My politics demanded an alignment with my life, and as my personal life choices were almost always against the norms of society, this was the default option. As one moved away and tried to make communities of choice, however, there were newer lessons to be learnt.
केवल एक तरह से जीवन जीने, या अपनी यौनिकता को अनुभव करने से अधिक और भी बहुत कुछ होता है। इसके लिए ज़रूरी है कि पहले तो हम अपने मन में इसे स्वीकार करें और इसके लिए तैयार हों।
There is a deep connect between travel and sexuality that is internalized at gut level. From birth perhaps. Across cultures. The two are almost metaphors for each other, twins, borrowing words from the lexicon of the other, entwining identity.
I don’t know if travelling has changed my life, but I can definitely say that it has altered my thought process for the better. Especially, solo travelling has given me a lot of courage and determination to do things I had thought I’d be unable to do.
Home, to me, was never a static entity, but my time in a girl’s hostel feels like the embodiment of everything my ideal “home” is – empowering, liberating, and full of women who love each other unabashedly.
The book is especially remarkable for readers of both Indian English and Kannada literature, for amplifying the voice of sexual minorities in Indian towns and villages.
Shilpa believes loitering, just being, just hanging out in public places, is about ‘claiming the city with your body’. One of the co-authors of the book, ‘Why Loiter: Women and Risk on Mumbai’s Streets’ published in 2011, Shilpa has authored several essays and journals on issues of feminist parenting, gender and the politics of space, the right to take risks and related thoughts and concepts.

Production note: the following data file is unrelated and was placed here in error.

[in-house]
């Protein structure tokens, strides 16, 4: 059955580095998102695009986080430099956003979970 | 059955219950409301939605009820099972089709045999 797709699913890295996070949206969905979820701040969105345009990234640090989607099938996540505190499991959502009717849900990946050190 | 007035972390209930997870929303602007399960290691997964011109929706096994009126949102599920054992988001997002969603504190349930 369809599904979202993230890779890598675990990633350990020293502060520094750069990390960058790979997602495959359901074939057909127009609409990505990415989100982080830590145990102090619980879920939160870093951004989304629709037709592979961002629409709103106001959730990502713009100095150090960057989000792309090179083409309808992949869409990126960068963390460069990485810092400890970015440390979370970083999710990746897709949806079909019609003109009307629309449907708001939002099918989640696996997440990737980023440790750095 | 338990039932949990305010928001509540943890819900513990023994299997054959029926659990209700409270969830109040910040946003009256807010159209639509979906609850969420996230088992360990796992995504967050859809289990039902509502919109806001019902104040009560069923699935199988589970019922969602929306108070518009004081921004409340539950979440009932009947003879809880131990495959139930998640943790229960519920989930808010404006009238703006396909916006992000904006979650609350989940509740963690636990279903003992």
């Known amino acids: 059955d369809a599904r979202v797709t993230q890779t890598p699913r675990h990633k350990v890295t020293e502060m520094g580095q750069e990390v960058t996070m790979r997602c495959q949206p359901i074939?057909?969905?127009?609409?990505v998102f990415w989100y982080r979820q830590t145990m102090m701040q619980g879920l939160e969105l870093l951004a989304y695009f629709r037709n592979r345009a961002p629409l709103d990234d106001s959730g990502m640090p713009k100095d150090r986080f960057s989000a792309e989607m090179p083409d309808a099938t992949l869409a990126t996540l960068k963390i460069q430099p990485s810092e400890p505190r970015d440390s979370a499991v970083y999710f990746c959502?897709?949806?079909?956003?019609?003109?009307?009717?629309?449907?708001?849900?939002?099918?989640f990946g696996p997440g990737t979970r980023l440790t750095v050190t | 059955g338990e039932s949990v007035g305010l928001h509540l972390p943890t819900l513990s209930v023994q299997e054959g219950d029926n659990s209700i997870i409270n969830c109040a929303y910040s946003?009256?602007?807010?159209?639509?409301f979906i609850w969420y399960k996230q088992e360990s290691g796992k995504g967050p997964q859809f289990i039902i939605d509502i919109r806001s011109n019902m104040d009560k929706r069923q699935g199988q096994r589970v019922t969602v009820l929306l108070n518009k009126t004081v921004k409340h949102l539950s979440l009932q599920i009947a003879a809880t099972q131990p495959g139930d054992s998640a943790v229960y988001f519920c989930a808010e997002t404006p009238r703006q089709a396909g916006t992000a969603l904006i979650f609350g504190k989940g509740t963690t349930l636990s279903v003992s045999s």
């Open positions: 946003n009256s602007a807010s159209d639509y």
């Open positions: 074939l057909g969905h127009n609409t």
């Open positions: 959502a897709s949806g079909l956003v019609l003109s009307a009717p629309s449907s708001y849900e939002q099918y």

I extend my support and solidarity to people, across the spectrum of gender and sexuality, who want to break closed doors and walls to establish safe spaces where one can love freely, without inhibitions; people who seek to re-define love and intimacy in their own independent, non-patriarchal terms.
As renowned queer scholar Judith Butler said, “For those who are still looking to become possible, possibility is a necessity.” This is essential but also easier said than done.
However elusive the combination of safety and adventure, it’s a framework I find terribly useful. It helps me understand much of life, including spirituality and sexuality, and what the two might have in common.
Many among us are called names, are greeted with aggressive taunts and jeers on the very streets we boldly occupy at least once every year,so we go on living docilely until the next Pride, when performative reclamation of spaces becomes possible.
Queer cafés are not exempt from the fast changing landscape of Indian metropolitan areas and offer both inclusion as well as exclusion from the promise of a queer utopia.
Tales delicately yet powerfully draws out the conflict between sex workers and feminism in India,at a time when a lot of feminists thought of prostitution through a SWERF lens.
“Mamma, look, that’s a boy giraffe, I can see his penis,” exclaims my four-year-old daughter in delight at her discovery as we stand watching the stately animals at the fabulous Mysore Zoo. Far from cringing at the over-loud tones of my daughter, I beam at her, “That is clever of you.”
As we move into a new year and a new decade we hope to be moving towards a more just and peaceful world, especially given the troubled times that people all over the world have been and are currently experiencing. And so, in this new year, we wish you lots of SISA spaces through 2020 and beyond!